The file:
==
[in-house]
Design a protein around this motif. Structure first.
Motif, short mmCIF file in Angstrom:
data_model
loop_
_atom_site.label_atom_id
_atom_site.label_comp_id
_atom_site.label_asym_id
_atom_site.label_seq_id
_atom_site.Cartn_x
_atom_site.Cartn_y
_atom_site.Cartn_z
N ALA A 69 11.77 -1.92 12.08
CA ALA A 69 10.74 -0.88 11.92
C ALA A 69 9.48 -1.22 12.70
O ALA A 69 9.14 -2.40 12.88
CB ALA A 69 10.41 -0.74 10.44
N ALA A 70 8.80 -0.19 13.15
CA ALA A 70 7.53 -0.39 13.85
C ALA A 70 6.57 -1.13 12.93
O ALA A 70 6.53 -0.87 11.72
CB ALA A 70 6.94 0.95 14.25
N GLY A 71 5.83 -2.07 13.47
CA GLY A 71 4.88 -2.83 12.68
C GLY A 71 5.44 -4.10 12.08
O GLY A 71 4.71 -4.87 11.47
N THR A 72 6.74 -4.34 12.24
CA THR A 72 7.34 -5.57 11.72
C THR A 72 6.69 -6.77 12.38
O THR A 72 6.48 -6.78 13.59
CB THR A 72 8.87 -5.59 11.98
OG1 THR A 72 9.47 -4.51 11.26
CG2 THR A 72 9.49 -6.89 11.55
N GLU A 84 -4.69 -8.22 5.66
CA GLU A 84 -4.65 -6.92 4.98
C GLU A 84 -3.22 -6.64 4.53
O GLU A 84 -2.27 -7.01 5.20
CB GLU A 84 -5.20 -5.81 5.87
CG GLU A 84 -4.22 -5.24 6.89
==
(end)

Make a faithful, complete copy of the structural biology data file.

[in-house]
Design a protein around this motif. Structure first.
Motif, short mmCIF file in Angstrom:
data_model
loop_
_atom_site.label_atom_id
_atom_site.label_comp_id
_atom_site.label_asym_id
_atom_site.label_seq_id
_atom_site.Cartn_x
_atom_site.Cartn_y
_atom_site.Cartn_z
N ALA A 69 11.77 -1.92 12.08
CA ALA A 69 10.74 -0.88 11.92
C ALA A 69 9.48 -1.22 12.70
O ALA A 69 9.14 -2.40 12.88
CB ALA A 69 10.41 -0.74 10.44
N ALA A 70 8.80 -0.19 13.15
CA ALA A 70 7.53 -0.39 13.85
C ALA A 70 6.57 -1.13 12.93
O ALA A 70 6.53 -0.87 11.72
CB ALA A 70 6.94 0.95 14.25
N GLY A 71 5.83 -2.07 13.47
CA GLY A 71 4.88 -2.83 12.68
C GLY A 71 5.44 -4.10 12.08
O GLY A 71 4.71 -4.87 11.47
N THR A 72 6.74 -4.34 12.24
CA THR A 72 7.34 -5.57 11.72
C THR A 72 6.69 -6.77 12.38
O THR A 72 6.48 -6.78 13.59
CB THR A 72 8.87 -5.59 11.98
OG1 THR A 72 9.47 -4.51 11.26
CG2 THR A 72 9.49 -6.89 11.55
N GLU A 84 -4.69 -8.22 5.66
CA GLU A 84 -4.65 -6.92 4.98
C GLU A 84 -3.22 -6.64 4.53
O GLU A 84 -2.27 -7.01 5.20
CB GLU A 84 -5.20 -5.81 5.87
CG GLU A 84 -4.22 -5.24 6.89